Quick Search:

uzh logo
Browse by:
bullet
bullet
bullet
bullet

Zurich Open Repository and Archive

Permanent URL to this publication: http://dx.doi.org/10.5167/uzh-16462

Stiefel, D; Meuli, M (2008). The dysraphic levels of skin and vertebrae are different in mouse fetuses and neonates with myelomeningocele. Journal of Pediatric Surgery, 43(4):683-690.

[img] PDF - Registered users only
1MB

View at publisher

Abstract

BACKGROUND: Mouse fetuses with spontaneous myelomeningocele (MMC) were investigated, determining the various levels of dysraphism in soft tissue, spinal cord, and vertebrae. Morphology was correlated with hind limb function. METHODS: Viable curly tail/loop tail mouse fetuses underwent qualitative standardized ex utero examination of tail and hind limb sensitivity and motor response. Afterward, they were processed either for histology or skeletal preparation. RESULTS: All animals displayed identical cranial levels of soft tissue and neural defects. The cranial opening of the vertebral defects were invariably located more cranially (range, 0.5-5 vertebrae; mean = 2.25). The caudal opening of soft/neural tissue and bony defects was invariably at the coccygeal base. The comparison of functional with morphological levels demonstrated that, in 52.5%, the level of the soft/neural tissue dysraphism and, in 47.5%, the level of the bony opening correlated with the neurologic deficit. CONCLUSION: The naturally occurring soft tissue coverage over the MMC could exert a protective effect toward the underlying spinal cord. This interpretation supports the concept that in utero acquired destruction of exposed neural tissue is a main factor for the neonatal functional deficit. Thus, these data are consistent with the rationale for prenatal MMC repair in humans.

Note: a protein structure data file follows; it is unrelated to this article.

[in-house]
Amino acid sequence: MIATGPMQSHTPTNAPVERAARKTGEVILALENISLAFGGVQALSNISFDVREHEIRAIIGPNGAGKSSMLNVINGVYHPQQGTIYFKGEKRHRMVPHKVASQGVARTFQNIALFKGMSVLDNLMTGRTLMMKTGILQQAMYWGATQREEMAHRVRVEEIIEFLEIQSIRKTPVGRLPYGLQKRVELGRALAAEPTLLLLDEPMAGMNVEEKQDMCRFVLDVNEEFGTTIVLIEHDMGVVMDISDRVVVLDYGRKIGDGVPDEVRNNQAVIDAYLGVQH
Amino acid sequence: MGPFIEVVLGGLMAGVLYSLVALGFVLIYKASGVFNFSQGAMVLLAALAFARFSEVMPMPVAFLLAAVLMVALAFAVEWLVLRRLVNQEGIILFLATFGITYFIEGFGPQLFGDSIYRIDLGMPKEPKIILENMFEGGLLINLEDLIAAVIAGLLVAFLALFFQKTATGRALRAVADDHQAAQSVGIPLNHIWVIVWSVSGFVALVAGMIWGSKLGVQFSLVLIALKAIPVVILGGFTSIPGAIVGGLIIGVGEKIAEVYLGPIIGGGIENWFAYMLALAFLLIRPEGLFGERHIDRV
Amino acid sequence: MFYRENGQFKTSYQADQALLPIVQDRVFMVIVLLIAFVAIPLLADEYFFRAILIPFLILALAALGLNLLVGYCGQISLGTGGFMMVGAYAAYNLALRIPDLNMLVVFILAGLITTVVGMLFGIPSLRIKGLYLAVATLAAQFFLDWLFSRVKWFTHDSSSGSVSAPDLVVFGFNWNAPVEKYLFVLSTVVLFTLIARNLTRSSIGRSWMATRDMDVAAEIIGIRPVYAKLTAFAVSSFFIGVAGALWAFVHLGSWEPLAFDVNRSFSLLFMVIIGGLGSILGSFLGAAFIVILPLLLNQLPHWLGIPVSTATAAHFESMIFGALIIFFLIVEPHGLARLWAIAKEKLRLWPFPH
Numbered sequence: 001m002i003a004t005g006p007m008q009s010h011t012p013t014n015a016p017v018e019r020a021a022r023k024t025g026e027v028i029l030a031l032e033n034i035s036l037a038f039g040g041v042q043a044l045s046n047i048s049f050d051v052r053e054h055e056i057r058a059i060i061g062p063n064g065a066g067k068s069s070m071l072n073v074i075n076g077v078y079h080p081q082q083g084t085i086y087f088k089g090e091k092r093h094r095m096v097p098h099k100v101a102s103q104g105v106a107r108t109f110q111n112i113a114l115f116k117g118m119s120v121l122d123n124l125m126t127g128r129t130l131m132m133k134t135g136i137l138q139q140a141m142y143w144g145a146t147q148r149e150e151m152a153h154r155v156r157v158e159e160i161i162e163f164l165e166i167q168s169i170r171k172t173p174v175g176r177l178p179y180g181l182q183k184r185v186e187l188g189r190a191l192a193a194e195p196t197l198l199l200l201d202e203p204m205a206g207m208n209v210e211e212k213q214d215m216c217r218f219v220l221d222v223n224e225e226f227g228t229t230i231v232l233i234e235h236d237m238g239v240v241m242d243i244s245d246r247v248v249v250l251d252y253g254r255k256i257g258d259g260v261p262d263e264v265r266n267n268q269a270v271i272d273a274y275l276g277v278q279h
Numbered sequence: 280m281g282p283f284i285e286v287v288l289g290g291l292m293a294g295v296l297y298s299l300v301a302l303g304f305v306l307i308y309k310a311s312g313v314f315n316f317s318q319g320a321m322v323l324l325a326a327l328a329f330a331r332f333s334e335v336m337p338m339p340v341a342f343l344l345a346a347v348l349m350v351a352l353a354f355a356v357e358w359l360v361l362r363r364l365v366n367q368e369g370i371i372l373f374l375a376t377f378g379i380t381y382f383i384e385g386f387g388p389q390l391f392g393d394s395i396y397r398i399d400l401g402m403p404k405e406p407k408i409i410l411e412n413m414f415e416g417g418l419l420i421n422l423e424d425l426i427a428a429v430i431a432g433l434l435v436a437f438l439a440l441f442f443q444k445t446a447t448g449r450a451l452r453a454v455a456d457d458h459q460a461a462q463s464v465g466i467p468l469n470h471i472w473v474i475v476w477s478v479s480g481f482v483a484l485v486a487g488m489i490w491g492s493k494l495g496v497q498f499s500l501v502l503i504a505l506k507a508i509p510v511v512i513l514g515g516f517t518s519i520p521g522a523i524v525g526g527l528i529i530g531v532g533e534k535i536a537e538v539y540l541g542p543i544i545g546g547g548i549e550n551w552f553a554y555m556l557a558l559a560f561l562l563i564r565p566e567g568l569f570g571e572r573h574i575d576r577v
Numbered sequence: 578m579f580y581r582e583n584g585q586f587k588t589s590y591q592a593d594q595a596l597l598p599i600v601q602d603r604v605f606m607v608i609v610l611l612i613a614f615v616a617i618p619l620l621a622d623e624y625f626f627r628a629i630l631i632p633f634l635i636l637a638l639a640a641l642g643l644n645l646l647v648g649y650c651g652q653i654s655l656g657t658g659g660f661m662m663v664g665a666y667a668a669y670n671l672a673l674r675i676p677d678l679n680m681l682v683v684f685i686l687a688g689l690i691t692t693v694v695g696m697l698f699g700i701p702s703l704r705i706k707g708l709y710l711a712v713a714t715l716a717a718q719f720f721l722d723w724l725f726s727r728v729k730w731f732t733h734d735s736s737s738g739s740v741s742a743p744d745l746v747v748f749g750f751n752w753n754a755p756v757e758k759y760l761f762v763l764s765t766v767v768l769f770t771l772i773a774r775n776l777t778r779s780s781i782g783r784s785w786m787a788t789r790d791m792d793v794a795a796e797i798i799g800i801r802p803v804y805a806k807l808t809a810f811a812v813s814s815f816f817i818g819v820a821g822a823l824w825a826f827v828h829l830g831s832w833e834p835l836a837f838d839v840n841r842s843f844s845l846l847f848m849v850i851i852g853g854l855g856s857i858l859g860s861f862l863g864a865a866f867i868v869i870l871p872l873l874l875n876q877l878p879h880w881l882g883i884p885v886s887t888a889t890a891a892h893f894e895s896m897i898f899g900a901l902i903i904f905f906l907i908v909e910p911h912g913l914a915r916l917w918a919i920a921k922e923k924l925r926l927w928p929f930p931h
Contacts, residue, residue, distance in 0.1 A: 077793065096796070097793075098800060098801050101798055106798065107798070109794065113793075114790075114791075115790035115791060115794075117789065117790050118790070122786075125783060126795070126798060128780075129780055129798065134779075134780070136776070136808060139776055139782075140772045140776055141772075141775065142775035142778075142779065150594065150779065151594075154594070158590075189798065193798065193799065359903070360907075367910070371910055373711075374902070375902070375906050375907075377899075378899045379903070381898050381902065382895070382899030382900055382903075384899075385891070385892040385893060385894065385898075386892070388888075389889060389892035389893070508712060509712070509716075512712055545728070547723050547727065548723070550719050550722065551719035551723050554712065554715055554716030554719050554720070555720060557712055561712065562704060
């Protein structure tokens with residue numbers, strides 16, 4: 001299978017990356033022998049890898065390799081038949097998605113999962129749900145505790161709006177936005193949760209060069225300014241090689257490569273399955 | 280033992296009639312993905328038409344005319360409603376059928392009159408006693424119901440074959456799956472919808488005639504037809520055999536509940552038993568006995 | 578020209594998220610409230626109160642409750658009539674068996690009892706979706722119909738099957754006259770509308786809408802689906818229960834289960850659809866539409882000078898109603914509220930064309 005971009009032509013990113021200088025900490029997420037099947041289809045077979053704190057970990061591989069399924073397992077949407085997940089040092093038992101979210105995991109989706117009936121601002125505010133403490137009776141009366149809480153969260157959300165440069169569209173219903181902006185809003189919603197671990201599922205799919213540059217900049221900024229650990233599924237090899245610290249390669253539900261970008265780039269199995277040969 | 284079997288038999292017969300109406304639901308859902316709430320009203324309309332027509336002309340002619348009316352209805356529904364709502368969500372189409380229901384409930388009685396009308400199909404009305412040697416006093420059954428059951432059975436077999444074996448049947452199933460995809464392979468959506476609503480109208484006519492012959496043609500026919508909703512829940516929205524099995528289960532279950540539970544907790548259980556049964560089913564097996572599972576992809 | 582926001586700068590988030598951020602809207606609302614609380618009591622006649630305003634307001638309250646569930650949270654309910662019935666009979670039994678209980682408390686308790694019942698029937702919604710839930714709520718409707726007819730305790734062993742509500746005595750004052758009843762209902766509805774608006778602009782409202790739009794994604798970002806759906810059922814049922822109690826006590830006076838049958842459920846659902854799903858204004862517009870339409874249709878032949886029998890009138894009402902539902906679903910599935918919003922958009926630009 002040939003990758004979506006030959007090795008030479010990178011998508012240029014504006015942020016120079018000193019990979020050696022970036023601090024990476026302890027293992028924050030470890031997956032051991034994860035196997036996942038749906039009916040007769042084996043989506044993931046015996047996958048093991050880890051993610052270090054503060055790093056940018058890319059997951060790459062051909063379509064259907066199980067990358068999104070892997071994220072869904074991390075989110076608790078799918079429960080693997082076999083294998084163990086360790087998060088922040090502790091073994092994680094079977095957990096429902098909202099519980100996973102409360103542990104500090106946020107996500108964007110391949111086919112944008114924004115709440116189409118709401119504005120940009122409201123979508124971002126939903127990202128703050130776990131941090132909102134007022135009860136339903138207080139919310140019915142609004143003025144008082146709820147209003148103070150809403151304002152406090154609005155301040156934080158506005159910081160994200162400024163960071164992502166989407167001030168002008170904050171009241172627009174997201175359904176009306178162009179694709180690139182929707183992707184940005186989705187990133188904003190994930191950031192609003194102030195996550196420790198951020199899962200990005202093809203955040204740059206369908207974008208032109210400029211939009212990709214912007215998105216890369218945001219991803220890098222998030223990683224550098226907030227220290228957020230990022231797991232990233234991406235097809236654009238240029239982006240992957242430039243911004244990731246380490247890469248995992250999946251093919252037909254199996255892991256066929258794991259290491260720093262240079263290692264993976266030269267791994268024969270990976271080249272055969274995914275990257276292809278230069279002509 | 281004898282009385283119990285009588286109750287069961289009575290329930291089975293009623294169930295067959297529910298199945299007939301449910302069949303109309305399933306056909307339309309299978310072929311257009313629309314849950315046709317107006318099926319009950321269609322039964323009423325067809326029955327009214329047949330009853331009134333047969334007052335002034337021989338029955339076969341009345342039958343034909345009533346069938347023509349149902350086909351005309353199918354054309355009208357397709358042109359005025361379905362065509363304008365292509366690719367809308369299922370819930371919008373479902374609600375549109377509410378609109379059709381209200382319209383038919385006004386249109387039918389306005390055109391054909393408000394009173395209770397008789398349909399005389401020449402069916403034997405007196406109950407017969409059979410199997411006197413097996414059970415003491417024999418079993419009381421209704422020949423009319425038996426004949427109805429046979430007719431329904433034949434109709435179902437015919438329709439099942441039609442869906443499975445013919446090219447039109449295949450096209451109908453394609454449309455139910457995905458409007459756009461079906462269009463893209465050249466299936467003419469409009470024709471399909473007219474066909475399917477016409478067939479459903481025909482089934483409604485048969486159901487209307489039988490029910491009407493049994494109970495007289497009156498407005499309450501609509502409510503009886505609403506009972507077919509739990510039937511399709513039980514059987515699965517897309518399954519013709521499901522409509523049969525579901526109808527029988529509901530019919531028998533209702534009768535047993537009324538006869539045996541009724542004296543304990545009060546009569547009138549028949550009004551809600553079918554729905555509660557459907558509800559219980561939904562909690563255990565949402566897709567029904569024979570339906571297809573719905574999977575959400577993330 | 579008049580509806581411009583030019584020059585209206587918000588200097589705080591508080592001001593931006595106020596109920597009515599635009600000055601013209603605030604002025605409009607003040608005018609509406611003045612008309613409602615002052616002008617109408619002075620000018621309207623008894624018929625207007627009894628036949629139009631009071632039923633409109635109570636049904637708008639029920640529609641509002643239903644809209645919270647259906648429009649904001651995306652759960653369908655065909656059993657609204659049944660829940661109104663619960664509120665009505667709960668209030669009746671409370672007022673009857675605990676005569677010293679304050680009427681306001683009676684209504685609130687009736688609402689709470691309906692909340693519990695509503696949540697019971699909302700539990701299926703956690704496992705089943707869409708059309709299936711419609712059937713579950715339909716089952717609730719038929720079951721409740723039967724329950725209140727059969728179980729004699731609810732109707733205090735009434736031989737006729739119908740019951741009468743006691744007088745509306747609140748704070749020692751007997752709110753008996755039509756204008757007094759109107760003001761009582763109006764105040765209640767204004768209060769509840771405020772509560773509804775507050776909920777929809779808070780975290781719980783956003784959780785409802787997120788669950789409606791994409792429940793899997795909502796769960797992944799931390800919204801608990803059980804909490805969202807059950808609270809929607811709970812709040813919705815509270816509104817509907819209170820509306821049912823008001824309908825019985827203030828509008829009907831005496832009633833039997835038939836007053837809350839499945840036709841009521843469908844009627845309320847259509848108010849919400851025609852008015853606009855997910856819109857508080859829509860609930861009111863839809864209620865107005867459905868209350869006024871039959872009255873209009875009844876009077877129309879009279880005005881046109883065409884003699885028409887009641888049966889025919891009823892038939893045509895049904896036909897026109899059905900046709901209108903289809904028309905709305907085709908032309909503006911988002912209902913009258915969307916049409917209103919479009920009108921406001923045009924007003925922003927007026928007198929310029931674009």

Citations

1 citation in Web of Science®
1 citation in Scopus®
Google Scholar™

Altmetrics

Downloads

1 download since deposited on 05 Mar 2009
0 downloads since 12 months

Detailed statistics

Additional indexing

Item Type:Journal Article, refereed, original work
Communities & Collections:04 Faculty of Medicine > University Children's Hospital Zurich > Clinic for Surgery
DDC:610 Medicine & health
Language:English
Date:2008
Deposited On:05 Mar 2009 09:21
Last Modified:27 Nov 2013 16:26
Publisher:Elsevier
ISSN:0022-3468
Publisher DOI:10.1016/j.jpedsurg.2007.12.008
PubMed ID:18405716

Users (please log in): suggest update or correction for this item

Repository Staff Only: item control page